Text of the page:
others' shoes

Hard as I try, I can never get inside my disabled, non-verbal son's head. I long to know what Calvin is thinking. I often wonder how he feels. Does he dream, does he remember, does he dread? Though I can never know the answers to these questions, in my quest to understand and to empathize with him—and to suppress my inclination toward anger and frustration at his protests—the best thing I can do is to put myself in Calvin's shoes.

Long before Calvin, I thirsted to know the experiences of others unlike myself—People of Color, the homeless, people from foreign lands. So, after graduating college I set off to explore the world—Great Britain, Europe, Turkey, former Yugoslavia, Kenya, Tanzania, Egypt—in search of other, and to find my best self. I saw firsthand how others lived—in urban apartments, in mud and grass huts, in slate-roofed brick inns, in bungalows. Everywhere I went people were the same—kind, generous, loving, trusting—and yet different in the ways they cooked, the foods they ate, how they worshiped, the way they labored. When I returned home I began to explore what life was like for my fellow Americans.

Yesterday—Columbus Day to some—was what many of us have reframed as Native or Indigenous People's Day. It's a day to honor the millions of Native Americans and their descendants whom Columbus and those like him did their best to exterminate and homogenize, the same people who continue to be marginalized today. Last Saturday night, Michael and I discussed the holiday with a group of friends. We spoke of the horrors that Native people faced when White imperialists invaded the Americas—genocide, disease, pillaging, slavery, kidnapping, rape. We spoke of the terror indigenous parents faced when their children were snatched from them and given to White Christian couples to raise. We cringed hearing that Natives who dared to speak their own languages risked having their tongues snipped by Whites. For hundreds of years, a similar horror befell African men, women and children who were forcibly brought here during the Atlantic slave trade and—if they survived the brutal months-long journey—were denied their religion, their language, their customs, their dress, their freedom, their families, their lives. As we spoke of these atrocities, I imagined walking in their shoes.

The subjugation of Brown and Black people continues today with policies that restrict their mobility and limit their access to housing, proper education, healthcare, employment, clean water, safe streets, the right to vote, and exposes them to criminal justice biases and laws that put them behind bars at alarming rates compared with Whites. What's more is that many if not most Whites deny this racist paradigm, willfully submitting themselves to—and emboldened by—the false propaganda of racist fearmongers like the current part-time, temporary resident of 1600 Pennsylvania Avenue and of his attorney general.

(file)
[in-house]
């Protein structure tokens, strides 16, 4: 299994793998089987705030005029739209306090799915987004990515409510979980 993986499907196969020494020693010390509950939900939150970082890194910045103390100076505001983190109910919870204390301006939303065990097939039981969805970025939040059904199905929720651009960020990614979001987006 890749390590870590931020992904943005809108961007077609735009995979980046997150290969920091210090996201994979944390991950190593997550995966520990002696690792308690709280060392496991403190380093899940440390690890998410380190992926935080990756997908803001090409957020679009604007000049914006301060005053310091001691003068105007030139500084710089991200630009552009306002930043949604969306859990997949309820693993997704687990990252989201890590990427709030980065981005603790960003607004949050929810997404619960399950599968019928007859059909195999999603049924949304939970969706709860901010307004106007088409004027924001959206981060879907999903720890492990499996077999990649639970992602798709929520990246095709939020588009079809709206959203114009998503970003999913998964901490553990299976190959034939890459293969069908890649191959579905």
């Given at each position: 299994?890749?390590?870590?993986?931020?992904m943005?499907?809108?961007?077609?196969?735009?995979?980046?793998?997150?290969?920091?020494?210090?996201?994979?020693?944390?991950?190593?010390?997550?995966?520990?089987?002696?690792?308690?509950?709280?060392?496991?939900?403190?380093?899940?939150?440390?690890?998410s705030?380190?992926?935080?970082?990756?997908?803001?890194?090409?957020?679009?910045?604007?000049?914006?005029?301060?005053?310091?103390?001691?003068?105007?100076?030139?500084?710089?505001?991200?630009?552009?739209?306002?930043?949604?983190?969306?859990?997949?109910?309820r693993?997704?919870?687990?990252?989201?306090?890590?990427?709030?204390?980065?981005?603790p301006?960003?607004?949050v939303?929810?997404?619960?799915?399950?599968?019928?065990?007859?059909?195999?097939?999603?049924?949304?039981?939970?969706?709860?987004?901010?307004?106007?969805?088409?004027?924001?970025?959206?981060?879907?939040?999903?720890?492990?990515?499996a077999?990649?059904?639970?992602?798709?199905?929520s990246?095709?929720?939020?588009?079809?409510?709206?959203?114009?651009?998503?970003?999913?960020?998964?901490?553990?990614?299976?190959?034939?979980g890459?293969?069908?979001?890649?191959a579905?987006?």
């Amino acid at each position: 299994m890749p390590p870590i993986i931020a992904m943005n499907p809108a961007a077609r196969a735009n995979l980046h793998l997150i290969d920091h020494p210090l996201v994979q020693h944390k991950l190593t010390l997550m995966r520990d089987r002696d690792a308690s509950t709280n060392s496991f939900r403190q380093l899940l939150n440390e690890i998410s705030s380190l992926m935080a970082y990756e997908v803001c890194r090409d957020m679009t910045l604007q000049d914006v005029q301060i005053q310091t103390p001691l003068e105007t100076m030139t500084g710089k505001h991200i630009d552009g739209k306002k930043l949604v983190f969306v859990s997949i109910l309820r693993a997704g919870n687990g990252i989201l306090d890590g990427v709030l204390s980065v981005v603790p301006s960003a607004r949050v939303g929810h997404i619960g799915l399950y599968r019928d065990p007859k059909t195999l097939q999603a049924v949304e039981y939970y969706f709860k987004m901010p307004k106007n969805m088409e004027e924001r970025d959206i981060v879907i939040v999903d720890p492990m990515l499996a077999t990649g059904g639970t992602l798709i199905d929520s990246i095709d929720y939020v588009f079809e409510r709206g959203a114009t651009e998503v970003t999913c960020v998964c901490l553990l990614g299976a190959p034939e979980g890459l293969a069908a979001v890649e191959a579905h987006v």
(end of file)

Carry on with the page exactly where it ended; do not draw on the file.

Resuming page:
The other day I heard my state's US Senator Susan Collins—in a forty-five minute speech defending her support of a Justice Kavanaugh—say that she imagined walking in his shoes. While some of my best friends are White men, the shoes Senator Collins and other legislators should be imagining themselves walking in are the shoes of sexual assault victims and the shoes of the vulnerable and disenfranchised, whose numbers dwarf those of self-proclaimed wrongfully-accused White men. With few exceptions, White men are not the fragile of us in this nation; they are fortified, buttressed by centuries of laws upholding their rights before all others to own property, go to college, get credit, run for office and vote. They are not the oppressed; in government—on the Right—they are the oppressors. They are not the abused or terrorized; statistically, they are the abusers, the terrorists. And while I agree that many White men work their asses off to get ahead, because of the White male paradigm in this nation they have had a major advantage and—due to neglect or intent—have impeded others' progress far too long. The rest of us continue to struggle—to be paid an equal wage for the same work, to be free from racial profiling, to feel free to peacefully protest our oppression, to be sentenced fairly when we do wrong, to feel safe having a drink at a bar or party, to feel safe to camp and hike and walk alone at night, to feel safe calling the cops, to feel secure in our own cars, neighborhoods and homes, to feel safe to identify our assaulters. These are all freedoms virtually guaranteed to White men while being denied, through policy and/or practice, to the rest of us.

Furthermore, we who value freedom, justice and truth should rebuke so-called leaders who blame sexual assault victims calling them hoaxes, who champion legislation that limits freedoms of marginalized people, who disparage and malign women and People of Color, who characterize White supremacists and Neo-NAZIs as "good people," who align themselves with vicious dictators, who call African nations "shitholes," who pitch us against each other for selfish gains, who lie often and with impunity, who incessantly praise themselves, casting aspersions on others while never holding themselves accountable for a goddamn thing—and who openly and unabashedly mock people like my sweet boy Calvin.

We should recognize, own and credit—not feel guilty for or ashamed of—our privileges as White folks in this amazing land stolen from its natives and built on the backs of slaves. We should believe our fellow Americans when they say they are being oppressed. We should champion causes for the marginalized and most vulnerable of us. We cannot hope to better ourselves and our nation until we understand and empathize with the plight of others. The first step is to decide to walk in their shoes.

oh, and for paradigm shift, please go to vote.org

Photo by Floriana-Barbu

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